You will also choose how you want to receive your digitized memories. Choose by free download, in a paid Forever storage account, or on a thumb drive.
The tracked box is delivered to you via FedEx. Once you receive it, follow the instructions for applying bar codes, packing it up and double boxing it. If you have more items than you pre-paid for, that’s OK. As long as they fit you may include them and you’ll be billed for the extra when the box is received.
Your order is tracked from beginning to end. You’ll receive emails at every point in the process. You can also track your order in real time on their website. Once your order is digitized, your original items will be shipped back to you.
C. Hire Me or Another Professional Photo Manager
Hiring a professional photo manager to scan your photos can give you some additional benefits. This is likely the most expensive option, and also the one with the most customized results.
He or she can relabel your photos, organize them and even add metadata (the who, what, where, when and why). This will make it easy for you to find any photo in the collection quickly and easily. They can also help you integrate your digital photos into this collection. This will give you a complete digital photo hub with all your photos, videos, documents and more. And they can help ensure that you have adequate backups in place.
If this is something you are interested in exploring you can contact me or find a certified photo manager in your area.
3. Archival Photo Storage Ideas
It is important to use archival-quality products for long-term storage. Whether you want to store the printed photos in boxes, put them in albums, or even scrapbook them, this will ensure that your photos will last for years.
You are not likely to find many, if any, products of this quality in your local hobby store. I recommend purchasing them from a quality source. My favorite is Archival Methods. They have everything you might need. And if you need help deciding, give them a call. They are so helpful!
If you are planning to scrapbook your photos, again, I do not recommend buying supplies from your local hobby store or Amazon. Buy from a reputable source such as Creative Memories.
4. Safely Label Photos
It is always a good idea to label photos in case they ever get separated from the collection. But what you use to label them matters.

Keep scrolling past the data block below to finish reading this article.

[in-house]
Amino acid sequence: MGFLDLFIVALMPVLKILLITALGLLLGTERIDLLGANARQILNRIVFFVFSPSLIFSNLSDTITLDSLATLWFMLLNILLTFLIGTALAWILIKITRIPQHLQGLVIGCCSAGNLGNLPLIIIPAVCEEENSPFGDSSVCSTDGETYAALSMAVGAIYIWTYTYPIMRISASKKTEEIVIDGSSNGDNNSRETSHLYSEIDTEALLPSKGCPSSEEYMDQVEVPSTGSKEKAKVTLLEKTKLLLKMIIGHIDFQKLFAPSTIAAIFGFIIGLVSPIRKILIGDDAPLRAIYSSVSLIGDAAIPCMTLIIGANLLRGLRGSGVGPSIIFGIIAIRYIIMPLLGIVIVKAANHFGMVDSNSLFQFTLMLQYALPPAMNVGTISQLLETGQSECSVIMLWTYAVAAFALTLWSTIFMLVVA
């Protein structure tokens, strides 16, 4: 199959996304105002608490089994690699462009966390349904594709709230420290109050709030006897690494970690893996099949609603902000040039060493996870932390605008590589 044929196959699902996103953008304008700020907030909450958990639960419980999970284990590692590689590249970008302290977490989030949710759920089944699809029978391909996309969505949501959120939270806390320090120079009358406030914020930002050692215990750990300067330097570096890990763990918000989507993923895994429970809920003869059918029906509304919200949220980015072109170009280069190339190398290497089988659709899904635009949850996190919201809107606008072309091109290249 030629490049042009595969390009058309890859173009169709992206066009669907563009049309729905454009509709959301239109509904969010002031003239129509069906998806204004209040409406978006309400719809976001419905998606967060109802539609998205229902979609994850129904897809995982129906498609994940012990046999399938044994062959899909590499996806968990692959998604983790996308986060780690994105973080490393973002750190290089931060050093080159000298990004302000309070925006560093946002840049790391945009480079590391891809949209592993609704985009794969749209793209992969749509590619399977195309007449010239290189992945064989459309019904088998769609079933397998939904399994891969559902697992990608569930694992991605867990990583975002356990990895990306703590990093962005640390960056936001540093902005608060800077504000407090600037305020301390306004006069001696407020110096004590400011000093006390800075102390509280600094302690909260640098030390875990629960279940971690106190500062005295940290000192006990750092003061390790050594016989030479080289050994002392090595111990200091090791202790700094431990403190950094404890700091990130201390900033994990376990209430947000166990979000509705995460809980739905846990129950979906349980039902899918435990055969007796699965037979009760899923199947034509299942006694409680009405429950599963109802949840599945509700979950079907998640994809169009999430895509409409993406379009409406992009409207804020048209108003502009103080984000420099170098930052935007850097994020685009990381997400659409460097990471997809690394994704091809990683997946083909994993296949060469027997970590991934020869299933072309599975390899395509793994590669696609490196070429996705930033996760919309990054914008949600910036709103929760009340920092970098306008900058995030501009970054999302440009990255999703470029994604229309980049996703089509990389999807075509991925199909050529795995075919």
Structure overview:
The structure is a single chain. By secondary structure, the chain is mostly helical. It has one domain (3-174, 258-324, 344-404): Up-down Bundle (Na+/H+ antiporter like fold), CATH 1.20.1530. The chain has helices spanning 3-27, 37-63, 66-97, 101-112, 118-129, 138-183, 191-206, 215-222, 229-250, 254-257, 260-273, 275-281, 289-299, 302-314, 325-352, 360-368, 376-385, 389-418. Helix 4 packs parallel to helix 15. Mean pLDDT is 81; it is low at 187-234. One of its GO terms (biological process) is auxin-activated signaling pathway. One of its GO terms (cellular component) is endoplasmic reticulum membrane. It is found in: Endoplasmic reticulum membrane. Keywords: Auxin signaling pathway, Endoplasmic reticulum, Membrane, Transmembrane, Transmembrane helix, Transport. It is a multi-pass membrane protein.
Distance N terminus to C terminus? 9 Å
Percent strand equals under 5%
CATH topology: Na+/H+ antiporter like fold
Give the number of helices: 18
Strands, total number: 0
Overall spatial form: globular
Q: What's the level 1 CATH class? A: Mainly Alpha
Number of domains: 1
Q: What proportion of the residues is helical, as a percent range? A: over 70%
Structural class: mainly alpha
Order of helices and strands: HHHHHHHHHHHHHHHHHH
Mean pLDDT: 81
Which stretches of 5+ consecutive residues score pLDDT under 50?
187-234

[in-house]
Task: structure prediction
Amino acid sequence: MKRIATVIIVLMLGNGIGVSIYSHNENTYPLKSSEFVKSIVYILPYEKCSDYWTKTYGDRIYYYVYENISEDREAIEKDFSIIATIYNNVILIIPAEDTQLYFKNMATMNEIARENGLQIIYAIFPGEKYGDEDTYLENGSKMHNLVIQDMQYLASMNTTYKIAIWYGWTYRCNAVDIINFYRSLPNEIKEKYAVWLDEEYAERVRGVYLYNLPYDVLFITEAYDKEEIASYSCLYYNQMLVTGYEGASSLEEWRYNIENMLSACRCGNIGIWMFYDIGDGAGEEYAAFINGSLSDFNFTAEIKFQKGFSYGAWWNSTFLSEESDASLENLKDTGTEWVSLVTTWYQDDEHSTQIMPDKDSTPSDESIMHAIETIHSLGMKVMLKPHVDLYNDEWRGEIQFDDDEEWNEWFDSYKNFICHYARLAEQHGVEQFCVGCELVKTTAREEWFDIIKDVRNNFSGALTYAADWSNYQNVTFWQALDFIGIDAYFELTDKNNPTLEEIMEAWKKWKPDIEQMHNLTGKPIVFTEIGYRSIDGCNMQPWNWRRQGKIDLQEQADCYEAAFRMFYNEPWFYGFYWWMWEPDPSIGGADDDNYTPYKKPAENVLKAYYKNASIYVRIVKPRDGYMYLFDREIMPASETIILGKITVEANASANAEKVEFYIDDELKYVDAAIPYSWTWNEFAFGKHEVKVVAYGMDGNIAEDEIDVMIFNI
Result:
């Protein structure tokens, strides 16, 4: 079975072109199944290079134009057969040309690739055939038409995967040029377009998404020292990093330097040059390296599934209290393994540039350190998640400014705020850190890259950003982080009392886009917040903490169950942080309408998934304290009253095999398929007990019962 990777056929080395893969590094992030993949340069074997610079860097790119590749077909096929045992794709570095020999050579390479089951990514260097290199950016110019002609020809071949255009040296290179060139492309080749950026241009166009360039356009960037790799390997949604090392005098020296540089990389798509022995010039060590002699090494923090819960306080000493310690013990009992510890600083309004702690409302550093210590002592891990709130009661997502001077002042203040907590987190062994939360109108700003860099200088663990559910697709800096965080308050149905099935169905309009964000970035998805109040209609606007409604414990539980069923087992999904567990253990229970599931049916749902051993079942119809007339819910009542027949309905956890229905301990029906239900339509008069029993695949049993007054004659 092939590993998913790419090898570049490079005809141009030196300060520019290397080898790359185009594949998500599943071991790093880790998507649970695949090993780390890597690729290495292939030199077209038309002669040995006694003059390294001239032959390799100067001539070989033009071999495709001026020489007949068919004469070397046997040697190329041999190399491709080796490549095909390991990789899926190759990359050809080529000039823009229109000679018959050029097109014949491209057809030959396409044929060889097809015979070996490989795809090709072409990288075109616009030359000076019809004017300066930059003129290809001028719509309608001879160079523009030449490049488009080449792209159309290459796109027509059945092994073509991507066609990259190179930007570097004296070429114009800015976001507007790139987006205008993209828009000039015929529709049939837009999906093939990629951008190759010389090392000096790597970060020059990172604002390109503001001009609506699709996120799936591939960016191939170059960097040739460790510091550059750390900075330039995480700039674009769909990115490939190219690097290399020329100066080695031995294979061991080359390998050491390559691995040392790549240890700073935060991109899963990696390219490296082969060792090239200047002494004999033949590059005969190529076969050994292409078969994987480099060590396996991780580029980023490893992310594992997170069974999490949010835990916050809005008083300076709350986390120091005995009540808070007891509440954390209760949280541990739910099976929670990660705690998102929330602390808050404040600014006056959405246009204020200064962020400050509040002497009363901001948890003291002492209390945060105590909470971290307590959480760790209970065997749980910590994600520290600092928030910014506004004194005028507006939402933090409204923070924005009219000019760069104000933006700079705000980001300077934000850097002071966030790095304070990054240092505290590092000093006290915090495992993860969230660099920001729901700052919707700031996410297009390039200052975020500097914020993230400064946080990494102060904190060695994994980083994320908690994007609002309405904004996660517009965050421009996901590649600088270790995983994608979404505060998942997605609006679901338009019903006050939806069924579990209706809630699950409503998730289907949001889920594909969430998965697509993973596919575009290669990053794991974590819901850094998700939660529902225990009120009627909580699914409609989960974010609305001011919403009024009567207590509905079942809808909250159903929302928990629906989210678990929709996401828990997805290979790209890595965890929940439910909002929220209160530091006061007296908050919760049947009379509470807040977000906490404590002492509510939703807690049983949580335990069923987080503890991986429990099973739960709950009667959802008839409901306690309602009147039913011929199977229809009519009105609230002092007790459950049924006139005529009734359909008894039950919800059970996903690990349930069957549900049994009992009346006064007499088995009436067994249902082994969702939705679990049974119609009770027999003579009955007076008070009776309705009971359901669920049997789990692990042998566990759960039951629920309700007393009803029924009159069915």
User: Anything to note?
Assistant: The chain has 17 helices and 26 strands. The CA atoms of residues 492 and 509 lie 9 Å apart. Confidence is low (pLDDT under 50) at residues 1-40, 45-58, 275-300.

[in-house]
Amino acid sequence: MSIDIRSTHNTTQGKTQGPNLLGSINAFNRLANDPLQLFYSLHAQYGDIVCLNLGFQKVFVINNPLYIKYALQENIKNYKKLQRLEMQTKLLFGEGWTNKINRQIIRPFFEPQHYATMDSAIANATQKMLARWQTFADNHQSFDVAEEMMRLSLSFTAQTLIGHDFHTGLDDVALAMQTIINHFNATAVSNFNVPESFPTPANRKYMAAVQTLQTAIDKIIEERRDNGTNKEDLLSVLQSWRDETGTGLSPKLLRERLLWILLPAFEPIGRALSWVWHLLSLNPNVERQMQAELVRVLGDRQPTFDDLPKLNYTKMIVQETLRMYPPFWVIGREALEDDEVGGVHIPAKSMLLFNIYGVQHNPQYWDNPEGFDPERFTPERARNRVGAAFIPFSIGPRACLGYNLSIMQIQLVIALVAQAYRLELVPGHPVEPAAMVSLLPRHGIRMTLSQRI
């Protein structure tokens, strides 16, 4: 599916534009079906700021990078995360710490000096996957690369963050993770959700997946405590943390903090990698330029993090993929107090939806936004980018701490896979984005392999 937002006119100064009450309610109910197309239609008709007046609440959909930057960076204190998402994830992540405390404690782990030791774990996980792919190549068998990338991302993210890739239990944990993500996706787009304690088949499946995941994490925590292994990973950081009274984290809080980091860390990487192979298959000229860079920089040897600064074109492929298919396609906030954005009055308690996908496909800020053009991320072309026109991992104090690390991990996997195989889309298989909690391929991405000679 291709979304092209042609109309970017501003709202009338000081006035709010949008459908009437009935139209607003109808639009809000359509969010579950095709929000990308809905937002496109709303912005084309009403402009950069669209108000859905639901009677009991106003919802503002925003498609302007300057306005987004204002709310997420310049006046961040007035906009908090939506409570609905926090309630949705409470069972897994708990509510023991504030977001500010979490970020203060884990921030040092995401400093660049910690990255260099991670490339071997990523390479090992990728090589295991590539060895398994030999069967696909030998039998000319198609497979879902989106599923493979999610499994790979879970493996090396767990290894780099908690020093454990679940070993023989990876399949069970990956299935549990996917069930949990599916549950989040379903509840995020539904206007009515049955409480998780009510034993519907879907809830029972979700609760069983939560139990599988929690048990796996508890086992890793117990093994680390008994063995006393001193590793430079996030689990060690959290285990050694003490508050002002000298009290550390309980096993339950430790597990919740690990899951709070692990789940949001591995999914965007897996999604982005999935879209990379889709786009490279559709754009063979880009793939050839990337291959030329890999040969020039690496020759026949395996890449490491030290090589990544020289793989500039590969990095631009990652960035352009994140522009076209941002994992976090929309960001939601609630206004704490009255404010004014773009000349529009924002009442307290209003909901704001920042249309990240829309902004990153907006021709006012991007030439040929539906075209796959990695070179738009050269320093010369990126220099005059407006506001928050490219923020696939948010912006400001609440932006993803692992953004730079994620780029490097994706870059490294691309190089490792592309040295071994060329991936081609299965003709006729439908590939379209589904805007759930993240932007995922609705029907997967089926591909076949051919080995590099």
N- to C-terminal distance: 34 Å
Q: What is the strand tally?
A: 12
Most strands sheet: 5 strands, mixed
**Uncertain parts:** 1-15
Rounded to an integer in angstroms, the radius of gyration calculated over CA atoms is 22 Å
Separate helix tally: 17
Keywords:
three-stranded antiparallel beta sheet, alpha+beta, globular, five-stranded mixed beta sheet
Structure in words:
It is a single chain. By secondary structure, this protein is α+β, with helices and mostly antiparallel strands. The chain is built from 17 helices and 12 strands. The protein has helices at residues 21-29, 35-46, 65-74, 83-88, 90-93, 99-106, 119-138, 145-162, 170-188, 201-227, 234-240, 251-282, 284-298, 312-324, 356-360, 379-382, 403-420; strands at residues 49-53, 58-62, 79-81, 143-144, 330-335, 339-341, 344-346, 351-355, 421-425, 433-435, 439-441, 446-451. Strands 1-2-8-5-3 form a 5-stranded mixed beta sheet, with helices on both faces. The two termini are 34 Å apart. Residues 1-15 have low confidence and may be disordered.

A #2 pencil is photo safe. However, you do need to be careful not to push too hard so that the photo isn’t damaged from the back side. One way to prevent this is to write only near the edges.
You can also use a Stabilo pencil. This wax-based pencil is also photo safe and doesn’t cause any damage even if you push hard.
Pigment pens are also photo safe, if you must use a pen. Never use a ball-point pen or other pen with unknown ink quality as chemicals in the ink can negatively affect your photos over time. Pigment pens are also the best to use in scrapbooking.
5. Tell the Stories
Having the stories with the photos is what will ensure future generations will find your collection as meaningful as you do.
If you are scrapbooking, make sure to include the stories in the scrapbook. However, if you are storing the photos in boxes or albums, invest in archival-quality index cards or paper you can cut to size. Archival Methods sells both. Use photo-safe writing implements to record the stories. These can then be slipped behind photos in boxes or in album pockets.
Make sure to get all 5 Ws in your stories: who, what, where, when, and why. And sometimes there’s a story that isn’t shown in the photo, but is still relevant. Something that happened just before, or just after, or is the reason the photo was taken.
For example, I don’t have a picture of the dog eating the Gingerbread House in the middle of the night. Robyn had made it by herself when she was 4 years old. But I do have a picture of the destruction he left behind. And then my husband told Robyn how Rudolph had slipped down the chimney behind Santa and had eaten her tasty hard work.
Just this picture of the Gingerbread house would not be meaningful to future generations. But the story makes it come alive.
6. The Best Places to Store Photos
Photos like to live in the same places humans do – climate controlled spaces. They are not fond of garages, basements, attics, barns, or any other place where they might get too hot, cold, moist, or dried out.
In fact, the safest place is likely a top shelf in a closet with a door to keep out light. Stored this way, photos can easily last 100 years or more.
However, that’s not the best way to enjoy your photos. Use your digital copies to create prints to frame, or create canvas or other displays. Photos stored in the light, such as framed photos, start to show damage after several years, depending on how much light exposure they get. This is why you want to make a copy for that purpose.
You can also use your digital copies to create photo books and other items to keep in your living spaces. This way you can still enjoy your photos and stories while also preserving them for future generations.
Now You Know What to Do With Printed Photos
I gave you the 6 steps for what to do with printed photos. But it’s not a task you can get done in an afternoon. I invite you to join The Family Photo Keeper Community to continue getting tips and techniques, as well as encouragement, for this important project.
I’ll also send you my free “Getting Started Checklist” which tells you what you need to do BEFORE you do these 6 steps. I never share your information and you can unsubscribe at any time.